To All Of The Teachers That Have Not Given Up On My Terminally-Ill Daughter’s Future

As Rare Disease Day approaches, I can’t help but think about all of the people that have come into our lives due to Abby being diagnosed with Sanfilippo Syndrome. I have spent numerous hours over the past few weeks focusing on Abby, Sanfilippo Syndrome and how to raise more awareness for rare diseases. As I have tried to come up with creative and catchy ideas, I continually see the faces of the many people that have loved Abby along the way….her teachers.

The first that come to mind are the teachers that Abby had before we ever knew she had a rare disease. Those are the teachers that started seeing a change with her and became very concerned. They were there when we thought we were dealing with a developmental delay and they were there when we found out it was so much worse. They were there when we cried at IEP meetings trying to explain Sanfilippo Syndrome and what her future entailed. They handed us tissues and cried along with us. They tutored Abby after school for two years while we desperately tried to maintain the skills she had. They dug deep to find out what she loved and what made her tick, then used those things to keep her engaged and motivated. I look back on those teachers from her early Sanfilippo days and feel so much love and appreciation. I know in my heart that they truly loved her, just as if she was their own.

During 3rd grade, we moved and Abby transferred to a new school. My biggest fear was starting over with a new set of teachers and a new Exceptional Children’s program. I was fearful of how Abby would be accepted by the new students and how patient the new teachers would be. When describing Abby’s behavior and personality, I often describe her as quirky, impulsive, and stubborn with some Obsessive-Compulsive tendencies. She can be challenging to work with and difficult to keep on topic. Thankfully, my fears were quickly put at ease. There was immediate acceptance and understanding. We found her new teachers to be patient with her, while having an openness to learn about her disease. Abby quickly bonded with her new teachers and found acceptance with her new friends.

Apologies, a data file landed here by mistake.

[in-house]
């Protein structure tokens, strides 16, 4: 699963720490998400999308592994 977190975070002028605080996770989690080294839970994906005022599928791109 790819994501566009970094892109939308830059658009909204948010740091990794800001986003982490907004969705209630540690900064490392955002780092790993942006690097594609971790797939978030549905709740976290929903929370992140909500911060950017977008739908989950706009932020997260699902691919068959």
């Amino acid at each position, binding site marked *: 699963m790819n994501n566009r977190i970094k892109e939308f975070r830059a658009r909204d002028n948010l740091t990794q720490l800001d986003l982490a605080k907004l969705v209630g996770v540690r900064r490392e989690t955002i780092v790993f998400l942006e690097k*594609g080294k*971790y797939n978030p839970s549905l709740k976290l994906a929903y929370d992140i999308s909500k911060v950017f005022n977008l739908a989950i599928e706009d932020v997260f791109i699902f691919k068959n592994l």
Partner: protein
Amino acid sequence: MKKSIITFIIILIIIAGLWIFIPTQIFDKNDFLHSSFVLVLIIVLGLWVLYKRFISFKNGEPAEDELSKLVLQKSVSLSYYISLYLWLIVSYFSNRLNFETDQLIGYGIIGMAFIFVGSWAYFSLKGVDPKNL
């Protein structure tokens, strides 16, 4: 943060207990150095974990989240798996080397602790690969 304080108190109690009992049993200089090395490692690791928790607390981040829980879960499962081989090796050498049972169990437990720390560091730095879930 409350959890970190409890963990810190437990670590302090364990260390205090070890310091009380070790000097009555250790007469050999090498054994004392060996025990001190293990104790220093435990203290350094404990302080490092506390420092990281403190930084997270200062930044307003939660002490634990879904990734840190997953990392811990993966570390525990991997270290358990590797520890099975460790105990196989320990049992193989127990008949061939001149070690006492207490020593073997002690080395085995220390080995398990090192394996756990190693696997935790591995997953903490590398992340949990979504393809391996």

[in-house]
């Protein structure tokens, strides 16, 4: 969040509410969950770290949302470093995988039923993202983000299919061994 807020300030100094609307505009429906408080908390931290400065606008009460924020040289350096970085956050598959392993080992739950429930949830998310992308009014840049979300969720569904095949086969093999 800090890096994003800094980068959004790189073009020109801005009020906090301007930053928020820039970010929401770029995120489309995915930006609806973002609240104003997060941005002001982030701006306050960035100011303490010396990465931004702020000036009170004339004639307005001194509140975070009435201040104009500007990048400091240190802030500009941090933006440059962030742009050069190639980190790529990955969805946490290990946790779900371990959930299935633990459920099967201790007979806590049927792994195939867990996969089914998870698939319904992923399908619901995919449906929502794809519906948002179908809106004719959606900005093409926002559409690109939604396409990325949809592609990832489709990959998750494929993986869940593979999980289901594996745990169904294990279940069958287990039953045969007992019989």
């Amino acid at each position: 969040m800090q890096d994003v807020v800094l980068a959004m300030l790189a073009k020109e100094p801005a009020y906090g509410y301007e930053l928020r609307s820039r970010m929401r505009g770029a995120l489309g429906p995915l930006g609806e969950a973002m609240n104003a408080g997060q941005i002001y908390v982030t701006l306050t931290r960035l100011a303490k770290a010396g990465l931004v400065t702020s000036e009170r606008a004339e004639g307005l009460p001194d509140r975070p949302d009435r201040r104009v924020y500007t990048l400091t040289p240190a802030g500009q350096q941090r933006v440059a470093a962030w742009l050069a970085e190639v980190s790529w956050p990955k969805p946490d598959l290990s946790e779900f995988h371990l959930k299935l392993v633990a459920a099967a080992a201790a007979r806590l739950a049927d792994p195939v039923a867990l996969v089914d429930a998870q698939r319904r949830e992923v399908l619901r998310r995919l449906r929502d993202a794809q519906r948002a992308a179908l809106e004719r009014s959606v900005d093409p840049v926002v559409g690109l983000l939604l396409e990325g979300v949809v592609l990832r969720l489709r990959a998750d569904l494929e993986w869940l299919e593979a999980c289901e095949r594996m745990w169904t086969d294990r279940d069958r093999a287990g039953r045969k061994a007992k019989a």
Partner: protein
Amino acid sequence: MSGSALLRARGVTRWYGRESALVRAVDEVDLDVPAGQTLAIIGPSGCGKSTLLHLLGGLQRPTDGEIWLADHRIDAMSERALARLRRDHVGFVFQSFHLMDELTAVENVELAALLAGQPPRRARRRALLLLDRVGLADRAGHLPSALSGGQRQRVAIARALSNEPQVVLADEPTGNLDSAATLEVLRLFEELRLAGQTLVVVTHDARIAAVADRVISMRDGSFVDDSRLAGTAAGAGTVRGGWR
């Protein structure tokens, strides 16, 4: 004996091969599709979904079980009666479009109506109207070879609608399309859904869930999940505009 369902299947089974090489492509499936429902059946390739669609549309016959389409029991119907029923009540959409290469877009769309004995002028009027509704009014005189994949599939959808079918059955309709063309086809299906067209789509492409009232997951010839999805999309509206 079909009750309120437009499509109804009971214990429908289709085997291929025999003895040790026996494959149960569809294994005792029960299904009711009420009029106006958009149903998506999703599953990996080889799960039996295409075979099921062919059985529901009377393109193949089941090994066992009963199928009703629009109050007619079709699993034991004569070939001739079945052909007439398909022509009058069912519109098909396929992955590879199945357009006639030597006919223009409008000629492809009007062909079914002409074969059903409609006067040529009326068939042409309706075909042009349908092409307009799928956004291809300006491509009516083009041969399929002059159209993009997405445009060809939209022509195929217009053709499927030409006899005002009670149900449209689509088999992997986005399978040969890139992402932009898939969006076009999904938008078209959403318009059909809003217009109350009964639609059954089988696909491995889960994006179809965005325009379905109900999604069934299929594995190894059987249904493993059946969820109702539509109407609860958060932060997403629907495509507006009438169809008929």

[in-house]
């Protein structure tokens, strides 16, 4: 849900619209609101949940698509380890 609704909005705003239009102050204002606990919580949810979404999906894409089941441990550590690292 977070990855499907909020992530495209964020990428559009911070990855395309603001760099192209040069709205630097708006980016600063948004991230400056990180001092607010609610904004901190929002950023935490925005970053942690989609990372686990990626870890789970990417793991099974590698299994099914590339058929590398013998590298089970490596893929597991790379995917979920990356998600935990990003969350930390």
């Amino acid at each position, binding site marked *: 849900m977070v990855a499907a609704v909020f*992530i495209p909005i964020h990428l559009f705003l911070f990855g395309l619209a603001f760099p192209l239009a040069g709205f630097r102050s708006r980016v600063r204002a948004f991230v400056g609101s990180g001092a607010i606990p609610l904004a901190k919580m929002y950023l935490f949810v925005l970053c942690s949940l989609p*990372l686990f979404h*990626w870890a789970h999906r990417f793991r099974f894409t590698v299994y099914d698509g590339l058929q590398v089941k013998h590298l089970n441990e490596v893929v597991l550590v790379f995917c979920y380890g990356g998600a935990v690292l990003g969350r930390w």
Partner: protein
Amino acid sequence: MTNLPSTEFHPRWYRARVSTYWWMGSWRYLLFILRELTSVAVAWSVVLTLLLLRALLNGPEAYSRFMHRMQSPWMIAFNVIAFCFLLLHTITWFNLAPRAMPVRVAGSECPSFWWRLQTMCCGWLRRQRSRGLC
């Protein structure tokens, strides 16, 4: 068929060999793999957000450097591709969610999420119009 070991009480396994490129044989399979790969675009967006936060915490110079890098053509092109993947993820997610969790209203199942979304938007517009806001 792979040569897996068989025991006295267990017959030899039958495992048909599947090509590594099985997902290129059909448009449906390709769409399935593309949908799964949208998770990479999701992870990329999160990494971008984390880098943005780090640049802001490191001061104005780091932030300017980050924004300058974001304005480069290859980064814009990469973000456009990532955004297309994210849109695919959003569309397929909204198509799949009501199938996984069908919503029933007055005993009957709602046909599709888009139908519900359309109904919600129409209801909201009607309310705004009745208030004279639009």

Over the past 2 years, we have had more support than I could have ever asked for. The teachers, parents and students participate in Rare Disease Day, MPS Awareness Day, have purchased t-shirts and bracelets to support our Foundation and have volunteered at our Fundraisers. I feel so at ease sending Abby to school knowing how much she is accepted and understood at school. I truly feel that the teachers at her school model and teach acceptance of others’ differences. What a wonderful attribute these students are learning and one that will only help them as they make their way into middle and high school.

So to all of the teachers that have entered our lives before and after Abby’s diagnosis with Sanfilippo Syndrome, I thank you from the bottom of my heart. You are truly one of the most positive experiences that we have had after being faced with the mortality of our daughter.

Thank you for loving Abby as if she were your own.

Thank you for your patience and keeping her motivated to learn.

Thank you for continuing to teach her regardless of her terminal diagnosis and what her future may hold.

Thank you for not giving up on her.


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For more information about Abby and Sanfilippo Syndrome, please visit


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